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SLIDE 19.

CONSERVATION OF ANENERGY (AE):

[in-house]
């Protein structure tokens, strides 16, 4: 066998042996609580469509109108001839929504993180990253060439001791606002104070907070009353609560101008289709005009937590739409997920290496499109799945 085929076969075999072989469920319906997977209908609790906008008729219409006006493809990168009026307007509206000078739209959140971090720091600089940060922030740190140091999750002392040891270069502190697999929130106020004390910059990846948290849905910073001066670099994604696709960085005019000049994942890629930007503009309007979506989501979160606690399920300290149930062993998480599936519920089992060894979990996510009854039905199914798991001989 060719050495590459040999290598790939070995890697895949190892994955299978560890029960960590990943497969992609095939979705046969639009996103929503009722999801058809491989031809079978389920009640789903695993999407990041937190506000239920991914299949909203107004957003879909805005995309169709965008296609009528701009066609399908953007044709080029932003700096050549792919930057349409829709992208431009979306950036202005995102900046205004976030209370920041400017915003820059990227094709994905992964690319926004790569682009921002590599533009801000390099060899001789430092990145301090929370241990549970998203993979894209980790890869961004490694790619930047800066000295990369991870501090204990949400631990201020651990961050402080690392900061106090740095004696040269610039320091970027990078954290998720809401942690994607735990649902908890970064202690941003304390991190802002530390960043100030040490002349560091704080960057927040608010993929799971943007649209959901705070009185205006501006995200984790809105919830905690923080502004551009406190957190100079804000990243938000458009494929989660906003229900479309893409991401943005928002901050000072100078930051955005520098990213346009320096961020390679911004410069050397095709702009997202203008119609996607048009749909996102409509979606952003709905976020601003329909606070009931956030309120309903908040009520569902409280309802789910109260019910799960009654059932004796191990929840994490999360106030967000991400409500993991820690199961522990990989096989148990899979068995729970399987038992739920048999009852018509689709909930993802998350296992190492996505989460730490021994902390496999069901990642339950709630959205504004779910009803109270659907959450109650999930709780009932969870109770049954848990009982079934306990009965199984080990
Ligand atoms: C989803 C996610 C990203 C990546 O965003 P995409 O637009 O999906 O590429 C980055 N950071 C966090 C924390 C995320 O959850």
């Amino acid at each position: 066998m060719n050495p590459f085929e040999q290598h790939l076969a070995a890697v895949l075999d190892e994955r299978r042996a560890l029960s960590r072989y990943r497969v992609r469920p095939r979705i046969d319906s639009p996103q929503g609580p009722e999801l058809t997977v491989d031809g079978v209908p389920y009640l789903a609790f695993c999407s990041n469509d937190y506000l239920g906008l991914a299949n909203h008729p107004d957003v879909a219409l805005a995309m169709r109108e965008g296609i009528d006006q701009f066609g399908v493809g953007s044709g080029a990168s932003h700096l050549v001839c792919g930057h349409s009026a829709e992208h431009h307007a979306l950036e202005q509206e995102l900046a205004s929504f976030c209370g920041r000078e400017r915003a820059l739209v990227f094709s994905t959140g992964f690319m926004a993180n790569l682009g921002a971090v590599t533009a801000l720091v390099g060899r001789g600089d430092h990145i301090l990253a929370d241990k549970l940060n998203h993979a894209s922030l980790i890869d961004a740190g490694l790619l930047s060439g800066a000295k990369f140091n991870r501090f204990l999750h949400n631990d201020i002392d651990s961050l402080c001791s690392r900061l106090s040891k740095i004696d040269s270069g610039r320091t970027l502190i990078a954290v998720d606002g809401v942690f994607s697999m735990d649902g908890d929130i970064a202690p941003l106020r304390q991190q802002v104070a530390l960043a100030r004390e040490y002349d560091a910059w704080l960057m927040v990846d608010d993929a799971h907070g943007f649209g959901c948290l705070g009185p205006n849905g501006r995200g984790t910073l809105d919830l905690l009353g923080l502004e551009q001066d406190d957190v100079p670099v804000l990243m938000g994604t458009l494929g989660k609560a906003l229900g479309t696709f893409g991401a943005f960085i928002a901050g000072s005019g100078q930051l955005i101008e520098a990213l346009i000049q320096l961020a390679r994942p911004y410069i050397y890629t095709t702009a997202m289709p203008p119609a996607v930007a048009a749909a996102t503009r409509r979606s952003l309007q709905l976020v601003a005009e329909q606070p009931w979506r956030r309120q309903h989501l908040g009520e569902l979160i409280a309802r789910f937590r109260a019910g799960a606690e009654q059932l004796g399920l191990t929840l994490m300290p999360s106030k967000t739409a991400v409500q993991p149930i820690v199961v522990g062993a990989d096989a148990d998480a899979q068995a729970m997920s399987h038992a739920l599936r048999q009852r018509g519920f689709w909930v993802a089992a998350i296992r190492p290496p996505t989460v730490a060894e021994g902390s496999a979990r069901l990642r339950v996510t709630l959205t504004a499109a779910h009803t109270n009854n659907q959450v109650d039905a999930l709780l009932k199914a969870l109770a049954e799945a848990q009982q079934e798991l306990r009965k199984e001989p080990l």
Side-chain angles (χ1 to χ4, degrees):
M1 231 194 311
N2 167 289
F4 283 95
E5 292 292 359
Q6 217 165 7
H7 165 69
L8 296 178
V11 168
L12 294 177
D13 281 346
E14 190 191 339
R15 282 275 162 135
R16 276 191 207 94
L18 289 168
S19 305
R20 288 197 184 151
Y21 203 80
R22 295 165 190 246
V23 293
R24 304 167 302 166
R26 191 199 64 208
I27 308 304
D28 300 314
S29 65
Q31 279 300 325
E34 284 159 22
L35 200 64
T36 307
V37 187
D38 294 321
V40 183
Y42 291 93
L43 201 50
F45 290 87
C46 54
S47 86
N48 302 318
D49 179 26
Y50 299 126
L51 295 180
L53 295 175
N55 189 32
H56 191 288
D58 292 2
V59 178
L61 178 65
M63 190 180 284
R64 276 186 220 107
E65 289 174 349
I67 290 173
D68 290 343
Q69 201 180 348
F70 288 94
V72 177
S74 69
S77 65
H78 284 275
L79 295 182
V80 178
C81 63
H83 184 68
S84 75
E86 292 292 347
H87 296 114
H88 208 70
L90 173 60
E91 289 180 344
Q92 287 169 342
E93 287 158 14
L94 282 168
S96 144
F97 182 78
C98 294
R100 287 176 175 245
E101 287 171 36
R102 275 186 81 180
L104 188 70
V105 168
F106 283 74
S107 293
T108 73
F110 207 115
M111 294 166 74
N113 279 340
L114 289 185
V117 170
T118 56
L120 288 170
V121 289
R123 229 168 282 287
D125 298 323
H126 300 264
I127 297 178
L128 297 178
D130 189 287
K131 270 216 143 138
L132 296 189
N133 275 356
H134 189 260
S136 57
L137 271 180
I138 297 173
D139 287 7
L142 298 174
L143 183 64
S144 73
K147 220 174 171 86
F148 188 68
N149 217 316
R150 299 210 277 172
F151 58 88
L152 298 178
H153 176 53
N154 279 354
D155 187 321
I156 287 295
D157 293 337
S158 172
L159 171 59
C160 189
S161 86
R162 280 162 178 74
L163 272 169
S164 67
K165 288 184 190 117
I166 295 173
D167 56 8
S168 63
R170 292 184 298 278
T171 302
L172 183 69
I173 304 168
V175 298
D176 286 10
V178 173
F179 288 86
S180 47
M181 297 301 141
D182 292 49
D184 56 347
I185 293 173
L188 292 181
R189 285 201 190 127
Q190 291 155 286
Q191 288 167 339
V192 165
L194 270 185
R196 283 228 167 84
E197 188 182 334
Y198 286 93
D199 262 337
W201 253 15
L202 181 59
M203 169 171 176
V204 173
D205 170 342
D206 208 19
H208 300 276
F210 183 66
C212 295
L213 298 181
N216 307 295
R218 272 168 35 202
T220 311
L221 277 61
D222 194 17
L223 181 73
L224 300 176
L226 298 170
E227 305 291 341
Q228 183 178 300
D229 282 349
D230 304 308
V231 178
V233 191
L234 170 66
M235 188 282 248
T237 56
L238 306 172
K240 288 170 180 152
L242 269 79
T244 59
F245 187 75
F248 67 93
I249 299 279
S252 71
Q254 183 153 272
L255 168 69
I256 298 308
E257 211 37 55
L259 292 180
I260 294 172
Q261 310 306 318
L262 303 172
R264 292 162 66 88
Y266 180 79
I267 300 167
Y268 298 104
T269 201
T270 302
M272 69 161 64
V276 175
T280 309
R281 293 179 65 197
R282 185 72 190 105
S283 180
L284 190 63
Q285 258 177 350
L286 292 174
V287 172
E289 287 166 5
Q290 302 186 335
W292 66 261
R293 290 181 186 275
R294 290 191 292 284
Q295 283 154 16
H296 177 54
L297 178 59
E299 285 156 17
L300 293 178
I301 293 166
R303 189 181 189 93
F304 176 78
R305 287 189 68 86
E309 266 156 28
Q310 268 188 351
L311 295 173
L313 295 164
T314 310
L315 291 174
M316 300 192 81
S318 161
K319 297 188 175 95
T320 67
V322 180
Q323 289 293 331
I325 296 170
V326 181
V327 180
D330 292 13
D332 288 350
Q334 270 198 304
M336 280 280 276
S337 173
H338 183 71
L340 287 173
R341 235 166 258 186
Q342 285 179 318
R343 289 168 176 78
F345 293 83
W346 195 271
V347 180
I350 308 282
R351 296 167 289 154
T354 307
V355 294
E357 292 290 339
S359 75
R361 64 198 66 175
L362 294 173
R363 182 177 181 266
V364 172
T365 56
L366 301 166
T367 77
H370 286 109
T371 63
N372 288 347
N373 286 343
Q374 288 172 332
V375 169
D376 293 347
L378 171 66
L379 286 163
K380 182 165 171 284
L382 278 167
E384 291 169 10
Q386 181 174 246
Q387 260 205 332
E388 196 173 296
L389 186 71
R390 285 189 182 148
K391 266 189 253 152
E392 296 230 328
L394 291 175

(AN EXPANDED ENERGY CONSERVATION LAW) We briefly show a simplified derivation of the new conservation of anenergy law.           We express the conservation of charge law by correcting the term "charge" to show its true meaning: charged mass.  We use the absolute value symbol to mean the "anenergy equivalency."           As shown on the slide, we account separately :for the mass (m-sub-c) of the conserved charges and the virtual particle charge flux (the anenergy -- AE-sub-c) of the charges conserved.  That law now says that the absolute values of the masses and the massless charge fluxes have a total constant summation.           For a dynamic mass, we do a similar thing, in this simplified case ignoring potential energy of position, and taking the energy equivalence of the dynamic energy (M-sub-E) and the rest mass energy of the particles, M-sub-E.  The conservation of energy now states that these two terms have a constant absolute value summation.           We add equations 1 and 2, getting equation 3.  We consolidate like terms to get equation 4.           Expressing all terms in their anenergy equivalencies (absolute values), we get equation 5, which is the overall conservation of anenergy equivalency.            Note that we now can change mass into energy or anenergy (massless charge), energy into mass or anenergy, and anenergy into mass or energy.            Thus we can turn everything into pure vacuum ether (pure massless charge, pure anenergy, pure electrostatic scalar potential, pure stress on spacetime) or we can turn part of the vacuum into energy or particles of mass.            Vacuum now becomes a very real thing indeed.            It is pure anenergy.            Pure massless charge, pure electrostatic scalar potential, pure "broken bits" (subquantal bits) of (quantized) energy.            The vacuum is identically the virtual state.            It is not an emptiness filled with virtual things; rather, it IS the sum total of those virtual things, for they are totally unseparated until some sort of "conceptual observation" is invoked.            Physics should have adopted Einstein's suggestion that the vacuum, complete with its EM and gravitational fields, be called the ether. Next Slide